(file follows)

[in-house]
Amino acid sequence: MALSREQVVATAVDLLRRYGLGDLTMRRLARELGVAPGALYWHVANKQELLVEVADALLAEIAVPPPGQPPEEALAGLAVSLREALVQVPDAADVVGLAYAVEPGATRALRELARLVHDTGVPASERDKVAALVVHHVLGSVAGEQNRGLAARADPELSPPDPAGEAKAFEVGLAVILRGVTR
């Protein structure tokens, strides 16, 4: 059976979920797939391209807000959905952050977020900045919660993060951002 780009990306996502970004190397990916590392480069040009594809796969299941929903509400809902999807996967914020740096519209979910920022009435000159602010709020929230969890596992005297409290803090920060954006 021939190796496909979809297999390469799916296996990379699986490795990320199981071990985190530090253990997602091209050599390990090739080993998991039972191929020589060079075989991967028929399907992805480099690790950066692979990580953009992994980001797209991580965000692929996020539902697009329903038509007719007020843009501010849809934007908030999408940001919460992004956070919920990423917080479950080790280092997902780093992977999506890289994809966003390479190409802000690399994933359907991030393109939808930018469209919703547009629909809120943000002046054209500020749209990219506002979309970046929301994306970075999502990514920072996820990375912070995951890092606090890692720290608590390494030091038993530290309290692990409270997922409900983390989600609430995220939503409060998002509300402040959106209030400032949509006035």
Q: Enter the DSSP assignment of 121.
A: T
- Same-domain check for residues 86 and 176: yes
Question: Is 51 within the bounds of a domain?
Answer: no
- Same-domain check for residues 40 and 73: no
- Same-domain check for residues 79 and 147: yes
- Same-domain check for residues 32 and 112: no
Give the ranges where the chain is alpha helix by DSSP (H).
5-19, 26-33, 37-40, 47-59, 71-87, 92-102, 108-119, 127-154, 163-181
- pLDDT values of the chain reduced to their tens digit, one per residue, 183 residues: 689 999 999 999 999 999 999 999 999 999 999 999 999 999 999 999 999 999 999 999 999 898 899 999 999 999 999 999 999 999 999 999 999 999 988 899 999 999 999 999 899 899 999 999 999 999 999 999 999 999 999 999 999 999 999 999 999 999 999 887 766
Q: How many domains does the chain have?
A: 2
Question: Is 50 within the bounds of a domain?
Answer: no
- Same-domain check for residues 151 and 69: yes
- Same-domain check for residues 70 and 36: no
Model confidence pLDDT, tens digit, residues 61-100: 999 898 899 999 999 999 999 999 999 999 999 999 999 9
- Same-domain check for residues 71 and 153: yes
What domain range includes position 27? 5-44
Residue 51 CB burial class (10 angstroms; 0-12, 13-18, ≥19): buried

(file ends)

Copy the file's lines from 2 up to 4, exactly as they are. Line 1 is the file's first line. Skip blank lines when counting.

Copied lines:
Amino acid sequence: MALSREQVVATAVDLLRRYGLGDLTMRRLARELGVAPGALYWHVANKQELLVEVADALLAEIAVPPPGQPPEEALAGLAVSLREALVQVPDAADVVGLAYAVEPGATRALRELARLVHDTGVPASERDKVAALVVHHVLGSVAGEQNRGLAARADPELSPPDPAGEAKAFEVGLAVILRGVTR
């Protein structure tokens, strides 16, 4: 059976979920797939391209807000959905952050977020900045919660993060951002 780009990306996502970004190397990916590392480069040009594809796969299941929903509400809902999807996967914020740096519209979910920022009435000159602010709020929230969890596992005297409290803090920060954006 021939190796496909979809297999390469799916296996990379699986490795990320199981071990985190530090253990997602091209050599390990090739080993998991039972191929020589060079075989991967028929399907992805480099690790950066692979990580953009992994980001797209991580965000692929996020539902697009329903038509007719007020843009501010849809934007908030999408940001919460992004956070919920990423917080479950080790280092997902780093992977999506890289994809966003390479190409802000690399994933359907991030393109939808930018469209919703547009629909809120943000002046054209500020749209990219506002979309970046929301994306970075999502990514920072996820990375912070995951890092606090890692720290608590390494030091038993530290309290692990409270997922409900983390989600609430995220939503409060998002509300402040959106209030400032949509006035």
Q: Enter the DSSP assignment of 121.